MiR-92a-3p inhibits the ZO-1 and occludin expression

To investigate the function of miR-92a-3p on the expression of ZO-1 and occludin, Renilla luciferase reporter vectors, including the wild-type (WT) 3'-UTR of ZO-1 and occludin, mutants, and NC controls, were transfected into HEK-293 cells. The data showed that the luciferase activity of 3'-UTR WT ZO-1 and occludin transfection decreased compared with the control groups (p < 0.01, Figure 7). There was no difference of luciferase activity in cells which contained mutant ZO-1 and mutant occludin (Figure 7). Thus, the data demonstrated that the binding sites of miR-92a-3p in the ZO-1 and occludin, and the 3'-UTR sequence was crucial for the function of miR-92a-3p. Altogether, miR-92a-3p binds to the 3'-UTR sequences of ZO-1 and occludin, thus suggesting that miR-92a-3p negatively regulates the ZO-1 and occludin genes.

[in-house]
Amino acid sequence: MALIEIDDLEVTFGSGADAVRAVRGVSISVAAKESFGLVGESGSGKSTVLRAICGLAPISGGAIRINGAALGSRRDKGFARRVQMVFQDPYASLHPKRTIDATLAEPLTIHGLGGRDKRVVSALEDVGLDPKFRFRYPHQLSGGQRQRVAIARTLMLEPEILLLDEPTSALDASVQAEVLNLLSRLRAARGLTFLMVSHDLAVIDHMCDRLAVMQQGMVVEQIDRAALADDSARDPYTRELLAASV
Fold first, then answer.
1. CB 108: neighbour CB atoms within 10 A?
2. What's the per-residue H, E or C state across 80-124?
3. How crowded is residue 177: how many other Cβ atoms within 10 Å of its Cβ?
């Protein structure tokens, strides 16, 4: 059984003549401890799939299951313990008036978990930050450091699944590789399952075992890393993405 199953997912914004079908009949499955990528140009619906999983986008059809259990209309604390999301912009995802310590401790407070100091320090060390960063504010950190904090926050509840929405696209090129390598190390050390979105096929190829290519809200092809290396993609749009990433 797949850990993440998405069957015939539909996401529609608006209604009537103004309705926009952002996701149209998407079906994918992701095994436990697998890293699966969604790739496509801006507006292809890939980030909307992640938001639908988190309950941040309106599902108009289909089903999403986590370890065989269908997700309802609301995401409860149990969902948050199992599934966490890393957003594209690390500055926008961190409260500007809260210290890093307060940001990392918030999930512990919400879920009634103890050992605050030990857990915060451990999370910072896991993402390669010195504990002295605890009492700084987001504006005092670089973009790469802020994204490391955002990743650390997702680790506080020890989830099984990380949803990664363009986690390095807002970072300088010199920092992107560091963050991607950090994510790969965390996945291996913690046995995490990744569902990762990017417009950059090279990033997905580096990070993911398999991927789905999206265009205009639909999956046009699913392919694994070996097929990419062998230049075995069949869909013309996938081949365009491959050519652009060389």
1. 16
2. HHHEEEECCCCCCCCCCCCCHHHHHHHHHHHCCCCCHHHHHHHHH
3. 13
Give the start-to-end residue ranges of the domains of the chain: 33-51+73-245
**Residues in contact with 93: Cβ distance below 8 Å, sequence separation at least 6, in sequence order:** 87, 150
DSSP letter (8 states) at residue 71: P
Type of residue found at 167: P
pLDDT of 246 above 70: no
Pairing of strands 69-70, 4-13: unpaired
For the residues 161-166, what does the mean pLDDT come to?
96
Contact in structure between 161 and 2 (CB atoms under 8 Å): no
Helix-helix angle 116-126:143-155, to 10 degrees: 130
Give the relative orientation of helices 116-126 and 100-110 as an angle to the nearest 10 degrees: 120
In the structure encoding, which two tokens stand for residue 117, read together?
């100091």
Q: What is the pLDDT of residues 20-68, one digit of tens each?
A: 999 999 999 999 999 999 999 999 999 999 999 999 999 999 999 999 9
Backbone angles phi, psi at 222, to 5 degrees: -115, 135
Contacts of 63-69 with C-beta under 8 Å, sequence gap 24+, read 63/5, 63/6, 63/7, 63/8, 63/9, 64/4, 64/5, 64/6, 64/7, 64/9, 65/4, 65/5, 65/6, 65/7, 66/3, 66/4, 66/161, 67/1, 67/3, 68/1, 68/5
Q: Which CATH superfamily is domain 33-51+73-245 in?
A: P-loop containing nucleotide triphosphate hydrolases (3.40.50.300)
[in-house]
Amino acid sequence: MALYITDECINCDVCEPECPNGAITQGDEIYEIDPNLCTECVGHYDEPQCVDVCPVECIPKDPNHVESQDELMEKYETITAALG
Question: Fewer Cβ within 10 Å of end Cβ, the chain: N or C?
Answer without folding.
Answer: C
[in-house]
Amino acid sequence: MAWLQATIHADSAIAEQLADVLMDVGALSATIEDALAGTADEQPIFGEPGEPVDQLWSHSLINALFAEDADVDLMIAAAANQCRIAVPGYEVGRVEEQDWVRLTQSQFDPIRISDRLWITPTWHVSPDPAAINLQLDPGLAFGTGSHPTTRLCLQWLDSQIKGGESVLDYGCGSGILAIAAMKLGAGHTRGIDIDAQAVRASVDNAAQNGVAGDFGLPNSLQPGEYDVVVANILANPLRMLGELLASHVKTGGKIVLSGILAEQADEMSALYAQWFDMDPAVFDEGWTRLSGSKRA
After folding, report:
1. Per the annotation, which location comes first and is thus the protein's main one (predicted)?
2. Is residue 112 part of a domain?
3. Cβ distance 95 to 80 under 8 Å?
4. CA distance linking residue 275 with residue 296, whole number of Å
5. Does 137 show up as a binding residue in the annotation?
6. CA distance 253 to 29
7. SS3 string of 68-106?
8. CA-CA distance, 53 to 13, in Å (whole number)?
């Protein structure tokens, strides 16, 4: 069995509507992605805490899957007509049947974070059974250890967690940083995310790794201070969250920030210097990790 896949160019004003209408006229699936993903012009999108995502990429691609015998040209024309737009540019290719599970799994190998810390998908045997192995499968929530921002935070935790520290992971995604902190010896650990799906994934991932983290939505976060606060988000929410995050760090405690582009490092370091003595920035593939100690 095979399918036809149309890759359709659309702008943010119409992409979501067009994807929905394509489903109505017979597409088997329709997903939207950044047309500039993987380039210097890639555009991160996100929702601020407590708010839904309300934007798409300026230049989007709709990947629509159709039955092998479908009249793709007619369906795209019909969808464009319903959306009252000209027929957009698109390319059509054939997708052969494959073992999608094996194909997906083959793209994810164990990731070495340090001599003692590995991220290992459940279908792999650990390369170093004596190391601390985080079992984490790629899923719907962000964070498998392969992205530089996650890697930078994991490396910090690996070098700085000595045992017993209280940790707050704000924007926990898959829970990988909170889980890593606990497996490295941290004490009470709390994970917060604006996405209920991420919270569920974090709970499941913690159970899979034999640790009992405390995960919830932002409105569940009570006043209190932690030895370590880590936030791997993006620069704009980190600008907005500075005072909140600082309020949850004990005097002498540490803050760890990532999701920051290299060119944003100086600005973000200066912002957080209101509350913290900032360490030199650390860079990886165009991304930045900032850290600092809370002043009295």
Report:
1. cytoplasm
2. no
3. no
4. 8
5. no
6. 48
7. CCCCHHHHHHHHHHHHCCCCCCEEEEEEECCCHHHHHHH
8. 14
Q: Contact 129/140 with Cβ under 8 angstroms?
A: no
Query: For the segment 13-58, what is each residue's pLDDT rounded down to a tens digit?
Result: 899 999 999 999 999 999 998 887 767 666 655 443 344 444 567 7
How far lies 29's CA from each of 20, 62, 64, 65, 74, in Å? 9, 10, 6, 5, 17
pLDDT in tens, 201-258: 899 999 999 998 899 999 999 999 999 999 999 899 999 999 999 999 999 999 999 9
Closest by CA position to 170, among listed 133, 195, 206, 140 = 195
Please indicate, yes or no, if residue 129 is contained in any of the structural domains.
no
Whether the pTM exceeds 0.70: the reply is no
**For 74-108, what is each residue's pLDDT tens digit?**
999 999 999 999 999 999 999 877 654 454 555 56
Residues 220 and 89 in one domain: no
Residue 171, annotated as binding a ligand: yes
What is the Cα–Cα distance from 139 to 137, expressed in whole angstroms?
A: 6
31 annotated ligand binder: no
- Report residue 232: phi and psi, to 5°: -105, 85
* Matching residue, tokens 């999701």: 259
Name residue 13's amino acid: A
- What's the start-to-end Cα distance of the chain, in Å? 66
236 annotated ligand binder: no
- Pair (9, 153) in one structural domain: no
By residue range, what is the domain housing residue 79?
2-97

MiR-92a-3p

Figure 7. MiR-92a-3p directly targets ZO-1 and occludin genes. (A) MiR-92a-3p directly binds to ZO-1. Different types of luciferase reporter vectors were constructed: wild-type ZO-1 3’UTR (ZO-1 wild-type (WT)) and mutant-type ZO-1 3’UTR (ZO-1 MT). The above vectors were co-transfected into HEK-293 cells with miR-92a-3p mimics or mimics NC and examined for luciferase activity. (B) MiR-92a-3p directly binds to occludin. Different types of luciferase reporter vectors were constructed: wild-type occludin 3’UTR (Ocln WT) and mutant-type occludin 3’UTR (Ocln MT). The above vectors were co-transfected into HEK-293 cells with miR-92a-3p mimics or mimics NC and examined for luciferase activity. Each bar represents the mean ± SD of three independent experiments (*P < 0.05).

Discussion